Question 7:

Some of the particles comprising atoms react to each other in a way that scientists categorize as electric charge. There are two fundamental types of electric charge: positive and negative. Identify the respective charges of the following particles:


What would happen if you placed two electrons near each other in free space? Would they repel each other or attract each other? How about two protons? How about an electron and a proton? How about a neutron and a proton?
I'll let you research which charge type (positive or negative) is characteristic of electrons, protons, and neutrons!
As for their respective physical reactions, particles of differing charge are physically attracted to each other while particles of identical charge repel each other.

Many students will want to know "why?" in response to electrical charges. The technical answer has to do with electric fields extending through space, but this may be a philosophically impossible question to answer. The concept of charge was invented to explain the physical behavior of electrical attraction and repulsion, but coining a term to explain a phenomenon does nothing to explain why that phenomenon occurs.
Still, this is a worthwhile subject for discussion, especially if students have done their research well and know something about the history of electricity.

Question 8:

Atoms are very, very small pieces of matter. This fact should go without saying, but it behooves us to be reminded of just how small atoms are. Chemists and physicists use a unit of measurement to represent quantities of different materials based on how many atoms (or molecules) there are in a particular sample. This unit of measurement is called the mole.
1 mole of pure iron metal weighs about 56 grams. Based on the definition of a mole, how many atoms of iron are in this 56 gram sample?
There are approximately 6.022 ×1023 atoms in this 56 gram sample of iron. What does this quantity look like when written in non-scientific notation?

The purpose of this question is twofold: to reinforce the fact that atoms are really, really tiny, and to introduce students to the use of scientific notation.

Question 9:

How many atoms of iron are there in a sample measuring 2 ×103 moles? Determine the answer without using a calculator!
There are 1.2044 ×1027 atoms of iron in this sample.

One of the benefits of using scientific notation is that it allows us to easily perform multiplication and division using very large and very small numbers.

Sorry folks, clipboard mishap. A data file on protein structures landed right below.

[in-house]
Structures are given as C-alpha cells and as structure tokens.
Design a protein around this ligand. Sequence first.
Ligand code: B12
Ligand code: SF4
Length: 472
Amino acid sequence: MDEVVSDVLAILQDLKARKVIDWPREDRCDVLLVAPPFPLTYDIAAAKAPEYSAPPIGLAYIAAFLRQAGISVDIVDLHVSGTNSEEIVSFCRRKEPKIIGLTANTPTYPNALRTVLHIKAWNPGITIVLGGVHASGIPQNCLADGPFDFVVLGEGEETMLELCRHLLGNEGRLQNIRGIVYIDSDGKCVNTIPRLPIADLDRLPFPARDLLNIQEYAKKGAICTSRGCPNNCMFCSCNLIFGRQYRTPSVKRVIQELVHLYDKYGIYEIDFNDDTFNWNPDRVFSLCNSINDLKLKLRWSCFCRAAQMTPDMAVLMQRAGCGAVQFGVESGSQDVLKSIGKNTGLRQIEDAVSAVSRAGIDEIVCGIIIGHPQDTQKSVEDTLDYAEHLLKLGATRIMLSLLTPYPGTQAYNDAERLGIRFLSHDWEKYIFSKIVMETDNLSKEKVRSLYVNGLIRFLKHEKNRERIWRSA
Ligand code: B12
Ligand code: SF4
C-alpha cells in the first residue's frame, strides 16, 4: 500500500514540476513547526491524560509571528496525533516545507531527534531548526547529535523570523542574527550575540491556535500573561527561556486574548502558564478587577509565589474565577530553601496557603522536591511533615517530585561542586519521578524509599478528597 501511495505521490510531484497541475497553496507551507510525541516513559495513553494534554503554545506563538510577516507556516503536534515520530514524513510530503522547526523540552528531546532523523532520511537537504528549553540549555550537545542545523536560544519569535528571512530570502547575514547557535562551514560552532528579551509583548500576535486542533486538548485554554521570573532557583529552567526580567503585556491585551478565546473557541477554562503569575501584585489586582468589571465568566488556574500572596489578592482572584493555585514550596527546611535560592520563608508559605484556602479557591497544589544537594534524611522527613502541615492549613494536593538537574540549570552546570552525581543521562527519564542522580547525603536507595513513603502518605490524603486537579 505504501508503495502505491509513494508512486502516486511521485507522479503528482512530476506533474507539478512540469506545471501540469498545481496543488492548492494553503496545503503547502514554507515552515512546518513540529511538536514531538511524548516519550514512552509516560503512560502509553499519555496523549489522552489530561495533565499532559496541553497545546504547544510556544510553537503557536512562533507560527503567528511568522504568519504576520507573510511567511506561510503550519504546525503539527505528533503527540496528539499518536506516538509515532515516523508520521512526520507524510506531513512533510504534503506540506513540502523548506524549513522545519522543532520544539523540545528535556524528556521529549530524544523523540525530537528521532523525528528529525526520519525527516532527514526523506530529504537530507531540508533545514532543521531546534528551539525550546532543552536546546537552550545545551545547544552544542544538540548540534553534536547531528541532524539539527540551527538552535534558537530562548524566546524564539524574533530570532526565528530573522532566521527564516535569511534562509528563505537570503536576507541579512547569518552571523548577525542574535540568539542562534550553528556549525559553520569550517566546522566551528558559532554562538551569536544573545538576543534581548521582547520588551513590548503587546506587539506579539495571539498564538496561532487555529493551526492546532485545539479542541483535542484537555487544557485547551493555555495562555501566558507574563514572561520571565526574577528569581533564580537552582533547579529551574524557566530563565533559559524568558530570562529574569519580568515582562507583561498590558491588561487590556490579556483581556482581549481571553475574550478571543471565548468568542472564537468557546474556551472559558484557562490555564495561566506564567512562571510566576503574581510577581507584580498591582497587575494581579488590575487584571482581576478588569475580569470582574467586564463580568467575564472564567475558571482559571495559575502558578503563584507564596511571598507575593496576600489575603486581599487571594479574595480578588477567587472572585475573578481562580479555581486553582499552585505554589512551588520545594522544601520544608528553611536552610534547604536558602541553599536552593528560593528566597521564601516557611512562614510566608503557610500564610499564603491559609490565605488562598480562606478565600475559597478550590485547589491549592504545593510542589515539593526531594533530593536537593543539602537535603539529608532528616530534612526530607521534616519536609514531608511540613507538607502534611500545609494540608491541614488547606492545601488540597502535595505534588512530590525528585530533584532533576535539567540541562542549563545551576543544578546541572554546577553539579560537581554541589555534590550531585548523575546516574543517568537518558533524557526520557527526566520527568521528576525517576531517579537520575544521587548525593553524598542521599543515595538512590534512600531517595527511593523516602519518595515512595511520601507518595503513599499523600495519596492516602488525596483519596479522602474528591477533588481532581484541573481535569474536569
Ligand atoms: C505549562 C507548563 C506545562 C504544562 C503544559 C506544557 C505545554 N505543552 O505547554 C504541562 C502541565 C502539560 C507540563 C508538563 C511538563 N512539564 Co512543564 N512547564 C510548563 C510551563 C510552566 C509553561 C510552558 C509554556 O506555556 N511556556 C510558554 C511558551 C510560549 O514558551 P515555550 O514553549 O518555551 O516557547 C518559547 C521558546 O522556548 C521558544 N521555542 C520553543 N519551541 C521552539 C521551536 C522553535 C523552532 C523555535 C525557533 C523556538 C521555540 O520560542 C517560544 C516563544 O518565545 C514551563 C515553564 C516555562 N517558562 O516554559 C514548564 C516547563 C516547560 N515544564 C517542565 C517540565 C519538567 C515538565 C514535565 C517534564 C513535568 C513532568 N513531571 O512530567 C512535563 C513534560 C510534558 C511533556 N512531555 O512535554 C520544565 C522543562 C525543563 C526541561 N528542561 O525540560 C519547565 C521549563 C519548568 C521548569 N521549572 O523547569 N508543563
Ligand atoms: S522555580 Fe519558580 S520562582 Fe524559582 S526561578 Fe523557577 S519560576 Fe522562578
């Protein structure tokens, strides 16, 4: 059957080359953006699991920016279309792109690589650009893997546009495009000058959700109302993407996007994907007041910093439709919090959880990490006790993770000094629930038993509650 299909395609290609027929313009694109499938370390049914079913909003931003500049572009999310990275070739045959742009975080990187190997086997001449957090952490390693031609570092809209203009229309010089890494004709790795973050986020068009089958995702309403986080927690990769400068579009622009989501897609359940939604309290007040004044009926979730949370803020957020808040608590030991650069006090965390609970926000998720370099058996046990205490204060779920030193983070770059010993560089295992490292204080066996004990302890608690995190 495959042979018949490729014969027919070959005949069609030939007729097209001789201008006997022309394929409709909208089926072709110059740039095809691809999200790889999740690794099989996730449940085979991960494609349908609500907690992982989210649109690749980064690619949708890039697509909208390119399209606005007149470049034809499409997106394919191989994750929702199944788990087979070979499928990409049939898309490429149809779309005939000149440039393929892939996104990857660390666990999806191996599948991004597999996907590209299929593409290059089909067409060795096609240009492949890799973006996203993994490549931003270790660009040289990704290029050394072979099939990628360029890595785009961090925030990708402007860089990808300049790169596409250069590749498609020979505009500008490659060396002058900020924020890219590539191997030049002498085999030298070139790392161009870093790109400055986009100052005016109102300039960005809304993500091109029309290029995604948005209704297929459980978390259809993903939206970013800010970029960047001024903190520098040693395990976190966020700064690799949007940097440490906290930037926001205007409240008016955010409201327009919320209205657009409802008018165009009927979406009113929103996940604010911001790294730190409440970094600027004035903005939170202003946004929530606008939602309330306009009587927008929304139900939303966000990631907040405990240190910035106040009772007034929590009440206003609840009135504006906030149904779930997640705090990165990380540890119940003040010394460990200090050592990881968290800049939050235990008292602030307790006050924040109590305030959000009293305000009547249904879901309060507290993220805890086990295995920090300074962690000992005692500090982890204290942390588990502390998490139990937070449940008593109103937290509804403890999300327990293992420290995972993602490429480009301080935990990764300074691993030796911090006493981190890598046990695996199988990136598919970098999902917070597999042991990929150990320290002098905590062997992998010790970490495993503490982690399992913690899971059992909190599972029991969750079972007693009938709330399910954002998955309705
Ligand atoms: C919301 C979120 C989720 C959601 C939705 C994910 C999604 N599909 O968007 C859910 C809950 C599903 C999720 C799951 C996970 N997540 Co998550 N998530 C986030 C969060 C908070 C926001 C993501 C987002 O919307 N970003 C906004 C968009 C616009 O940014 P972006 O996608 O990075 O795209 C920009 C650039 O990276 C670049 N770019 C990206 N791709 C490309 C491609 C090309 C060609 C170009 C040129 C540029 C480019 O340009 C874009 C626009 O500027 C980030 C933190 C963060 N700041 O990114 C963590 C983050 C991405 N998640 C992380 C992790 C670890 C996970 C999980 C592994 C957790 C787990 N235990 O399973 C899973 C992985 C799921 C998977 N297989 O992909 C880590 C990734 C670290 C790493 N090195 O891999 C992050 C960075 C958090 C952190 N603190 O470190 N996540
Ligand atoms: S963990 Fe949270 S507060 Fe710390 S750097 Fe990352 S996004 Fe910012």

Question 10:

Many students first learning about atomic structure and electricity notice a paradox with respect to the location of all the protons in an atom: despite their electrical charge, they are tightly bound together in a "core" called the nucleus. Based on what you know about electrical charges, explain why this is a paradox, and also what the solution to the paradox is.
Paradox: since similar charges tend to physically repel each other, why should protons (all positively charged) cling so tightly together in the nucleus of an atom? Why don't they fly apart from each other due to electrical repulsion?
I'll let you research the answer to this paradox yourself!

Believe it or not, I once read a religious tract that used this paradox as proof of God's existence. The argument went like this: everyone knows that like charges repel, so it must be God who holds the protons together! Volumes could be written on the psychology behind this argument, but I digress . . .
The solution to this paradox is the subject of freshman-level college physics. For those of you who don't know the answer, I'll give you a hint: it has something to do with the power of nuclear fission.

Question 11:

Write two algebraic equations relating the number of protons and neutrons in an atom to that atom's atomic mass and atomic number:
P = Number of protons
N = Number of neutrons
A = Atomic mass
Z = Atomic number

A = P + N

Z = P

P = Number of protons
N = Number of neutrons
A = Atomic mass
Z = Atomic number

Admittedly, this is not a challenging problem in algebra, but it is important to introduce practical algebra to students in a gentle way at first. You may be surprised how many students have a theoretical knowledge of mathematics only, and find it difficult to apply even simple algebraic principles to realistic situations.